‘Mata Hari,’ possibly the twentieth century’s most famous spy was born Margaretha Geertruida Zelle in Leeuwarden, the Netherlands, on August 7, 1876. Her parents were Dutch shopkeeper Adam Zelle and reported Javanese beauty Antje van der Meulen. The brunette-haired, dark-skinned ‘M’greet,’ as her doting family and friends affectionately nicknamed her, was well liked and popular as a child. She loved brightly colored, flashy clothes, and frequently regaled her family and friends with outrageous stories, telling them that she was, in fact, royalty. Sadly, her father went bankrupt when M’greet was 13 and two years later, her mother died. The fifteen-year-old girl went to live with her godfather Heer Visser. She attended a school for teachers in Leiden, and she was well liked by teachers because of her ability to quickly learn languages. She was eventually expelled from the school for allegedly having sex with her headmaster, Heer Wybrandus Haanstra.
In Leiden, tongues wagged about the mysterious Margaretha Zelle: Men would never look at her because she was “too tall,” (5’10”); she was mysteriously “wealthy,” (she often traveled with ten trunks; she was “strange-looking,” (she had unusual dark brown hair and bronzed skin). Despite the gossip, on July 11, 1895 M’greet married Dutch army colonel Rudolph McLeod-she was 18 and he, 48. Soon after their marriage Colonel McLeod’s work took the newlyweds to Java, Indonesia. There M’greet and Rudolph had two children, Norman John and Jeanna Louise McLeod. After the birth of their children, Rudolph began abusing his young wife, and openly having an affair with a Javanese woman. Understandably the marriage was not a happy one and the McLeods divorced in 1906.
While in Java, M’greet watched exotic dancers in the temples, and assumed the persona of “Mata Hari,” Malay for “Eye of Dawn.” She modeled her erotic dances after the Javanese temple dancers, and her smoldering dark beauty supported her claim that she was a “Javanese princess”. Upon returning from Java, she immediately became a sensation in Paris, where she danced the “Dance of Love,” a racy, exotic number.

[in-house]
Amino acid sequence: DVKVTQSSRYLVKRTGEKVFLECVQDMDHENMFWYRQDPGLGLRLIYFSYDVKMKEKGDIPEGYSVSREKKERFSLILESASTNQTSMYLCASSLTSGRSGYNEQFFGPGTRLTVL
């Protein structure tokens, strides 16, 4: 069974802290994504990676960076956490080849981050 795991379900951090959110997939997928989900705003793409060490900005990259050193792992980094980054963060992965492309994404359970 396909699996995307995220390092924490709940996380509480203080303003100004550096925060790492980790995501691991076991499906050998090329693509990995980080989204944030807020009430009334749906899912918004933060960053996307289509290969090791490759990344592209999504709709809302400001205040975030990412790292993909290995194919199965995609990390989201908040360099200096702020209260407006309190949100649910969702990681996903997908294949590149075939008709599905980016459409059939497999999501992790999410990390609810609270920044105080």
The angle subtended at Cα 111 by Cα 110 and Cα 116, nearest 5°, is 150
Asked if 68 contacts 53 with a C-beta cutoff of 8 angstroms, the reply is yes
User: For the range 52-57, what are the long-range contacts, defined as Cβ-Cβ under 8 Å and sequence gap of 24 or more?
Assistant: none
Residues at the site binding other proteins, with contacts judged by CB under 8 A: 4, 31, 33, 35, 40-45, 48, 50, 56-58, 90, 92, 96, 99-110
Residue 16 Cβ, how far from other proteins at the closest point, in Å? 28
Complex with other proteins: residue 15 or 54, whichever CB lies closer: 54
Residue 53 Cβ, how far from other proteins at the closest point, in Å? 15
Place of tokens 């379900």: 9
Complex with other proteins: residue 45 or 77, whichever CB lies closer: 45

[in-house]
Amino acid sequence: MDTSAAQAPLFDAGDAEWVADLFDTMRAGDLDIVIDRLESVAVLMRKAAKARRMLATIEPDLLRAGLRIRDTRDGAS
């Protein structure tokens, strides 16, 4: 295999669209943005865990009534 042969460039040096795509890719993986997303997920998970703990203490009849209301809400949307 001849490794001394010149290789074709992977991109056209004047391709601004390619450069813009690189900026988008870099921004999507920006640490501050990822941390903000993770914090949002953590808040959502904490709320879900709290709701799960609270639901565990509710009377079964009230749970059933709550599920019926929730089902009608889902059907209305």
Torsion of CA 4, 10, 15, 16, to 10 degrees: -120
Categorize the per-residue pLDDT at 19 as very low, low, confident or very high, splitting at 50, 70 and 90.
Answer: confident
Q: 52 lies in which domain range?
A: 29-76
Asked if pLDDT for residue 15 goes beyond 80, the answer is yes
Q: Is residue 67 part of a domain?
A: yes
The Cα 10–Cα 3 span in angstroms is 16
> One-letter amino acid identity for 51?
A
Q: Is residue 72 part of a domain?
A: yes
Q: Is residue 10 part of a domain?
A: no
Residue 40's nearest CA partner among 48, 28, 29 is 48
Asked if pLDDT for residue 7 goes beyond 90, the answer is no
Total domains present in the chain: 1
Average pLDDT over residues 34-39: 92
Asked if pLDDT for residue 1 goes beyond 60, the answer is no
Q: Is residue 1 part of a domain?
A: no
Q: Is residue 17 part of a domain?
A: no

Immediately “Mata Hari’s” popularity spread throughout Europe, and she traveled easily around the continent without suspicion. Because of this ease, she became a spy during World War I. Even after her fame as a dancer waned, she was able to get information from officers when she became a stripper and eventually, a prostitute.
In November of 1916, British officers took Mata Hari off of a steamer going from Spain to Holland, believing she was another much-sought-after spy, Clara Benedix. Though she was not the espionage artist they sought, she was taken into custody. MI5 files report that she was watched for two years before she was apprehended, though they claimed that the information that she passed to Germans was not of any real importance. A statement by the Amsterdam government revealed that, “Mata Hari… confessed that she has been engaged by Consul Cremer of Amsterdam for the German Secret Service.” Mata Hari was appalled by her situation, crying, “Harlot, yes! But traitoress, never!” Nevertheless, the Council “unanimously condemned the named person, Zelle, Marguérite, Gertrude, as mentioned above, to the punishment of death.” On October 17, 1917 in Vincennes, near Paris, France, “Mata Hari” was killed by a twelve-man firing squad. The woman who stood before the soldiers was not the exotic beauty that Europe had known; she was a tired, worn-out prostitute. Nevertheless, the brave woman refused to be blindfolded or tied to a stake. It is reported that before the soldiers shot her, she blew them a kiss.